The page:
This fourth of July, the United States of
America celebrates the 228th anniversary of its independence.
On July 4th, 1776,, our nation’s founders,
placing their trust in Divine Providence, boldly declared
the United States an independent nation, re-affirming the
truth that “all men are created equal, and that they
are endowed by their creator with certain unalienable rights,
among these life, liberty and the pursuit of happiness.”
Two centuries later, the vision shared by
Jefferson, Madison and General Artigas, that the government
should be in the hands of the people themselves, is still
as alive and as current as this morning’s newscast.
The year 2004 finds both the United States
and Uruguay involved in what is considered to be democracy’s
most important act, the holding of free and competitive
elections. Democracy has been the shining ideal ever since
our countries emerged as independent nations. And now, both
nations have yet another chance to demonstrate to the world
that suffrage is something with which we have long been
familiar and that democratic elections continue to be an
extraordinary success, fundamental to the belief that the
people have the right and the wisdom to choose their leaders.
Today under the leadership of President
George W. Bush, America’s
commitment to self-determination, human dignity, and sovereignty
extends beyond our borders to embrace a free Iraq.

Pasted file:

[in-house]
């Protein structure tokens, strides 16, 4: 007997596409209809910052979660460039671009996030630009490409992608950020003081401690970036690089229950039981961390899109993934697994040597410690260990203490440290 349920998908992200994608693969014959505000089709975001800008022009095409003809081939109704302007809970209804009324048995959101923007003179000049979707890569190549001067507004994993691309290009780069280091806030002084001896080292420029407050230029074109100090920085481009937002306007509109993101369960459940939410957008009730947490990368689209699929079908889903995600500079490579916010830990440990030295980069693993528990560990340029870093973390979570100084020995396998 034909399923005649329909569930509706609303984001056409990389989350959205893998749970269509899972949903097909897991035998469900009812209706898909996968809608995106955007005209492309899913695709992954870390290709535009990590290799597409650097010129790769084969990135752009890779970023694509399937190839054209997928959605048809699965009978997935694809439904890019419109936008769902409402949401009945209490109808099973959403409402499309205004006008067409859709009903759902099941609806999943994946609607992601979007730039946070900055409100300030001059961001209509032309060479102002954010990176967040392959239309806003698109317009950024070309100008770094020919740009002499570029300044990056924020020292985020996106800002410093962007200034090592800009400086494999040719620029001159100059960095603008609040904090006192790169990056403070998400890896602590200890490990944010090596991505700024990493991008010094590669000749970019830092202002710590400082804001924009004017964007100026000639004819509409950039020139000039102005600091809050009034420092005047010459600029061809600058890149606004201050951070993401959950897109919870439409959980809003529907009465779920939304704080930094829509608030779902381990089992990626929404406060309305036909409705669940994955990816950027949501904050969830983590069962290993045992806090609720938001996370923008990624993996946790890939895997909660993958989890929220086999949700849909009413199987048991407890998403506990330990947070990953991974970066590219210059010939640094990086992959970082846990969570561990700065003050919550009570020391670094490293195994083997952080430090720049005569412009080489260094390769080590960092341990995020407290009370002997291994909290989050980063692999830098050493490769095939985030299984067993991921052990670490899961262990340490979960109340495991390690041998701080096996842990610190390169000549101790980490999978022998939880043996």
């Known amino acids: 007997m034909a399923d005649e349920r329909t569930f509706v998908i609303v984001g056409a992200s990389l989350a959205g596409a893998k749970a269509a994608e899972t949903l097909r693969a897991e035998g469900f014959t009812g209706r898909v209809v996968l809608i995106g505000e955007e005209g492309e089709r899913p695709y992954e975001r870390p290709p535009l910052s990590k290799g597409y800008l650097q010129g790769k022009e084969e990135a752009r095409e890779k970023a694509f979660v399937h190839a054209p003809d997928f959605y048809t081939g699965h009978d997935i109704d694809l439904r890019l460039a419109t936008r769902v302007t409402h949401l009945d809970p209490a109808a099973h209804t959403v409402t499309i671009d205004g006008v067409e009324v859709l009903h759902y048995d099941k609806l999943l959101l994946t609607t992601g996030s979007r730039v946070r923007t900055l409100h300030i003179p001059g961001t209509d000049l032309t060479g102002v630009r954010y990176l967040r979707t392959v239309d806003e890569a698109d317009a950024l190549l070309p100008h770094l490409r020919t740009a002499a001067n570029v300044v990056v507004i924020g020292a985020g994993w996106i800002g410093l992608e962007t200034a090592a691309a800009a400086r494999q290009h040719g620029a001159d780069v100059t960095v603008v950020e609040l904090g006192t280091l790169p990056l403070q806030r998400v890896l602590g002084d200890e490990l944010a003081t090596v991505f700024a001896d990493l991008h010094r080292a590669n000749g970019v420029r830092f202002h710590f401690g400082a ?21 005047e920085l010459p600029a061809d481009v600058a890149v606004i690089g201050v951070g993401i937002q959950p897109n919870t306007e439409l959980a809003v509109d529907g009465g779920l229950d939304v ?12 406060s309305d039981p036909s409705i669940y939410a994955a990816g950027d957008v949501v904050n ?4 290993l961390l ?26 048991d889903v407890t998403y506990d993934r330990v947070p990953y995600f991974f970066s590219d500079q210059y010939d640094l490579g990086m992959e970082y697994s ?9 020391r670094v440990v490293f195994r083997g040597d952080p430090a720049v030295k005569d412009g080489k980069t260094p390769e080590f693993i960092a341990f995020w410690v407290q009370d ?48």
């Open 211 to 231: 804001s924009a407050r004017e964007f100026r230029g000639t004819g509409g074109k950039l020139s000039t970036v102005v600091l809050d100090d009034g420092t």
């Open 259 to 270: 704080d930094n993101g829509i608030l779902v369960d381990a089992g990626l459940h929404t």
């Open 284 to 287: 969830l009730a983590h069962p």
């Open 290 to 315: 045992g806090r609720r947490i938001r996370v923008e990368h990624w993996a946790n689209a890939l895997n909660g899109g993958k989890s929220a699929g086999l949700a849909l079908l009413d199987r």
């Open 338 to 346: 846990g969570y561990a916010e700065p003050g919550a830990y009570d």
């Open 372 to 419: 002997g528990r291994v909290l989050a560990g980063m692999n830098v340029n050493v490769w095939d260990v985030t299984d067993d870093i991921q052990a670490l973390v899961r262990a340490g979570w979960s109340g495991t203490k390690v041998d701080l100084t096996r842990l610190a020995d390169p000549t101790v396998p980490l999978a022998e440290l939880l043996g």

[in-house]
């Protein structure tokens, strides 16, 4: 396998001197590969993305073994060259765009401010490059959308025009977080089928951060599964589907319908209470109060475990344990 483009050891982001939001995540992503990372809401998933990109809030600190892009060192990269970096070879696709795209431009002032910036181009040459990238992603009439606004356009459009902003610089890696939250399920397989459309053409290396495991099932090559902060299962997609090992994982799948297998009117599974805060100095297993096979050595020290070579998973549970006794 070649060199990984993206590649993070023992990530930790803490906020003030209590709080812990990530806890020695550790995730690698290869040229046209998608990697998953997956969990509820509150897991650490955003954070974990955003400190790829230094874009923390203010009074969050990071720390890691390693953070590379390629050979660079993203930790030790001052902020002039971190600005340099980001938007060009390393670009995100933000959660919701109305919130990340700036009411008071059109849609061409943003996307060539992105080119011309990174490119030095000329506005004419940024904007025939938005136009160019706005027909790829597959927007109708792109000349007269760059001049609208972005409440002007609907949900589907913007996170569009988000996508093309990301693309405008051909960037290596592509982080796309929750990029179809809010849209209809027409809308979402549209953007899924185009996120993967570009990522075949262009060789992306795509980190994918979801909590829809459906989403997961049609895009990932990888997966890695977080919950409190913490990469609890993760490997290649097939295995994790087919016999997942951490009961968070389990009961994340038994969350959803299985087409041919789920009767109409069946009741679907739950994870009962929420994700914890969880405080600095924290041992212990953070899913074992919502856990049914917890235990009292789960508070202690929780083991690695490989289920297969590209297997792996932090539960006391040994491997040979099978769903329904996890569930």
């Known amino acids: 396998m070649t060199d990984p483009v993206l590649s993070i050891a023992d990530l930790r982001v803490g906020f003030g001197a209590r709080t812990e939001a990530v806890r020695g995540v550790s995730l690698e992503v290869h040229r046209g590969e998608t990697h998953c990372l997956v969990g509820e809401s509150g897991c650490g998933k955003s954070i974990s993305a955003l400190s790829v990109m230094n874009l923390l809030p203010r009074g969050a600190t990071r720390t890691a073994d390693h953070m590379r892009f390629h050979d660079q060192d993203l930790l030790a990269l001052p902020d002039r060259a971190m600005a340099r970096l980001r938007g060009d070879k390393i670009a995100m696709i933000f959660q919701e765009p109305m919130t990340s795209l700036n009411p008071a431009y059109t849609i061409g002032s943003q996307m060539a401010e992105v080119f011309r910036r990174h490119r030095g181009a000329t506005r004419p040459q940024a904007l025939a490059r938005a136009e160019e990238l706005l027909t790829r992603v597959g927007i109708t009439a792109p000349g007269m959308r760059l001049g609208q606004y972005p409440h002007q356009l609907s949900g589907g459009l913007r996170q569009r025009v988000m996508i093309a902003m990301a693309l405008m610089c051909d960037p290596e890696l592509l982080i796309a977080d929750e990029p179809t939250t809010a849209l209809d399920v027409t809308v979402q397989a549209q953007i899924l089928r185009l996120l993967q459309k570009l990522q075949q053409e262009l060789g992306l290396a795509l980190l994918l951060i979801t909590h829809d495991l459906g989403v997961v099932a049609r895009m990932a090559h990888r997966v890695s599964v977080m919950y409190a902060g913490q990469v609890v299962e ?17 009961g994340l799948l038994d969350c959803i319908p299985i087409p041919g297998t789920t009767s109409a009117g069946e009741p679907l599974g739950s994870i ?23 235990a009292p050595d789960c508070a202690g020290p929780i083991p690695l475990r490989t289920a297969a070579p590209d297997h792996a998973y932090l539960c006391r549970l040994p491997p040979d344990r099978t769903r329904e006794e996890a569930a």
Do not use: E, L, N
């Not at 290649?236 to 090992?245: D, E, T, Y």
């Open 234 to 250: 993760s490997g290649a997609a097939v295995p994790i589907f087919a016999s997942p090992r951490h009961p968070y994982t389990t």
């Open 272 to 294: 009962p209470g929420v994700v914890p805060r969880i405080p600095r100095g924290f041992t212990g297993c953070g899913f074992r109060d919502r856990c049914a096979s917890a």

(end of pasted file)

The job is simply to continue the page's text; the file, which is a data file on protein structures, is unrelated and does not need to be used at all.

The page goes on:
As well you know, our countries today maintain
an excellent relationship, one that is demonstrated and
affirmed through a permanent state of collaboration and
constant exchanges on various levels. Examples of this relationship
include the recent announcement of negotiations towards
a bi-lateral investment treaty which will have extremely
beneficial results for the Uruguayan economy. I have no
doubts that we will continue to maintain this level of excellency
in our bi-lateral relations well into the future.
As the U.S. Ambassador to this country,
it is a great honor to be able to share this day with all
of you, not only my compatriots that find themselves here
today, but with all Uruguayans.
In the name of my wife and I, I would
like to emphasize my most sincere desire for the progress
and prosperity of a nation that has time after time demonstrated
its friendship and good-will to the United States.
Martin J. Silverstein